Directed by James Hayman et al
Aspect Ratio: 1.78:1 anamorphic
Running Time: 992 minutes
Audio: Dolby Digital 5.1 English, 2.0 Spanish
Subtitles: SHD, Spanish, French
Release Date: August 21, 2007
Review Date: August 20, 2007
Telenovelas have been popular in Spanish-speaking countries for decades. Ugly Betty was adapted for American television from a wildly popular Colombian series. As in all telenovelas, Ugly Betty contains a mixture of slapstick comedy, melodrama to the most outrageous degree, and characters that often run more toward caricature than real flesh and blood people. And yet, through all of this satirical extremity, there is heart and soul and warmth. With skillful writing, even the villains have traits that make viewers care about their fates. And the “heroes” of the story, the good guys who try to do the right thing despite overwhelming odds against them and adversaries who don’t play fair, become so endearing to us that we keep tuning in each week to root them on.
Ugly Betty burst on to the American airwaves in late September 2006 and was an instant hit. And it’s easy to see why: Betty Suarez (America Ferrera) is a Latina who has great hopes for working in the publishing industry. She gets as job as assistant to the editor of a fashion magazine, but the problem is that she’s about as far away from a fashion plate as one could be. Her co-workers, appalled that someone so gawky and gauche not only could be hired at their piece of perfection heaven but that she could actually be good at her job, throw obstacles in her path at every opportunity.
She works as the executive assistant for Daniel Meade (Eric Mabius), editor-in-chief of Mode, one of the top fashion magazines in the country. Wilhelmina Slater (Vanessa Williams), who coveted the job as editor, together with her viperous assistant Marc (Michael Urie), does everything she can to sabotage Daniel and Betty in the eyes of Mode’s publisher Bradford Meade (Alan Dale), Daniel’s father. At home, Betty must cope with a father (Tony Plana) who we learn several episodes into the season is an illegal immigrant, a beautiful sister (Ana Ortiz) who‘s an unwed single mother, and a preteen nephew (Mark Indelicato) who’s into fashion and musical theater. That Ugly Betty breaks (at long last) many of the rules for family comedy-dramas is one of its grandest accomplishments during its first season. Yes, it’s outrageous, frequently over-the-top, and awash in some stereotypes that some might find demeaning or decidedly out of date. But the show’s heart is in such a good place that it’s easy to overlook any eccentricities and overbearing traits and just enjoy the ride. There are usually a few laughs and a few tears to reward the viewer each week.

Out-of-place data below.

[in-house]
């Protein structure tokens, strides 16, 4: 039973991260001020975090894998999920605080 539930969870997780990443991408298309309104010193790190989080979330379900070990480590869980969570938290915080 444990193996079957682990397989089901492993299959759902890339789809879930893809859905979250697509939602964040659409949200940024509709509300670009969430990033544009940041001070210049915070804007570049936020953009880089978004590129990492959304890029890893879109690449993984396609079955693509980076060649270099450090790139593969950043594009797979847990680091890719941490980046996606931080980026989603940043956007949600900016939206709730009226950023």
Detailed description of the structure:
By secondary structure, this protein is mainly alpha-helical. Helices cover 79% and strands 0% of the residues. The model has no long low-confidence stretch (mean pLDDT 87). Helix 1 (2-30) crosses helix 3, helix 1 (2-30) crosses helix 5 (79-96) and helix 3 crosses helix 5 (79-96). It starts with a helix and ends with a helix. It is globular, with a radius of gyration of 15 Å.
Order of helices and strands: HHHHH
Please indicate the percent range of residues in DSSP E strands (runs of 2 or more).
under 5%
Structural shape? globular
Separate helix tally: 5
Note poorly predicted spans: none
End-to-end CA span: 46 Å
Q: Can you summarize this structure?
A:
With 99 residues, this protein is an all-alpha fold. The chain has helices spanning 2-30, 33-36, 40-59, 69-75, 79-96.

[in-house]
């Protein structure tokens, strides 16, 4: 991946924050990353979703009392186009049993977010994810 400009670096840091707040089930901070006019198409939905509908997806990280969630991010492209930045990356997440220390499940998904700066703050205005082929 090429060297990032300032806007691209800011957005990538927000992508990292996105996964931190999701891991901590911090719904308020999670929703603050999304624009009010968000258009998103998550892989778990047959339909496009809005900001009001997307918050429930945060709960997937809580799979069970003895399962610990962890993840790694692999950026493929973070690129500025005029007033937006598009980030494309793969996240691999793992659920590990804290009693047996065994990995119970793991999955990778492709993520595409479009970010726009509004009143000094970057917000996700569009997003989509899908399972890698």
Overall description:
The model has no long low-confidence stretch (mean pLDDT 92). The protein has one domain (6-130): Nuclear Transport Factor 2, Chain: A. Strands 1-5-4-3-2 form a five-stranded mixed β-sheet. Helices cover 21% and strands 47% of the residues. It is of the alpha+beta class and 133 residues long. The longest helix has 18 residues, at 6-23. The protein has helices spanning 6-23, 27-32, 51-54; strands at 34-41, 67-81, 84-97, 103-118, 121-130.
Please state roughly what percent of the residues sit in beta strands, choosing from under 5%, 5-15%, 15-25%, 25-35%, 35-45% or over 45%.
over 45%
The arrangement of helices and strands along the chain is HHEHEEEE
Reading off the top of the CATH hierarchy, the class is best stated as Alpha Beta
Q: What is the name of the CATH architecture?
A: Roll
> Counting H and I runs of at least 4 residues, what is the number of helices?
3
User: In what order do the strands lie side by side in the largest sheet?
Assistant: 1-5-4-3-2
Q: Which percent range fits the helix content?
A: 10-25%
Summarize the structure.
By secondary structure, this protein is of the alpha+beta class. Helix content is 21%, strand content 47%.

There isn’t a single cast member who hasn’t fit instantly into this world of haute couture and haughty conniving. American Ferrera gives an instant star-making performance as Betty. Vanessa Williams is as maliciously evil as one could hope as the treacherous snake in the grass. Eric Mabius as the playboy editor who jumps on and off the conscientious bandwagon during the season couldn’t be better cast. Among the guest stars who pop in for one or more visits this season are Christopher Gorham (very effective as one of Betty’s suitors), Judith Light, Gina Gershon, Salma Hyack, Patti Lupone, and Rita Moreno.
Not every plot strand attempted during the first season worked out well. A story arc with a female immigration case worker who falls for Betty’s father was tedious and went nowhere. Wilhelmina’s abrasive relationship with her daughter was a fizzle. Hilda’s sibling rivalry with Betty never rang true since the sisters are so very different in the skills and looks department. And speaking of sibling rivalries, Daniel and Alexis’ on again-off again filial bond was haphazardly written during the course of the season. But those were exceptions rather than the rule with the series. The ongoing romance between Henry and Betty played out beautifully through the season, and Hilda’s former love Santos popped up in several episodes to excellent effect.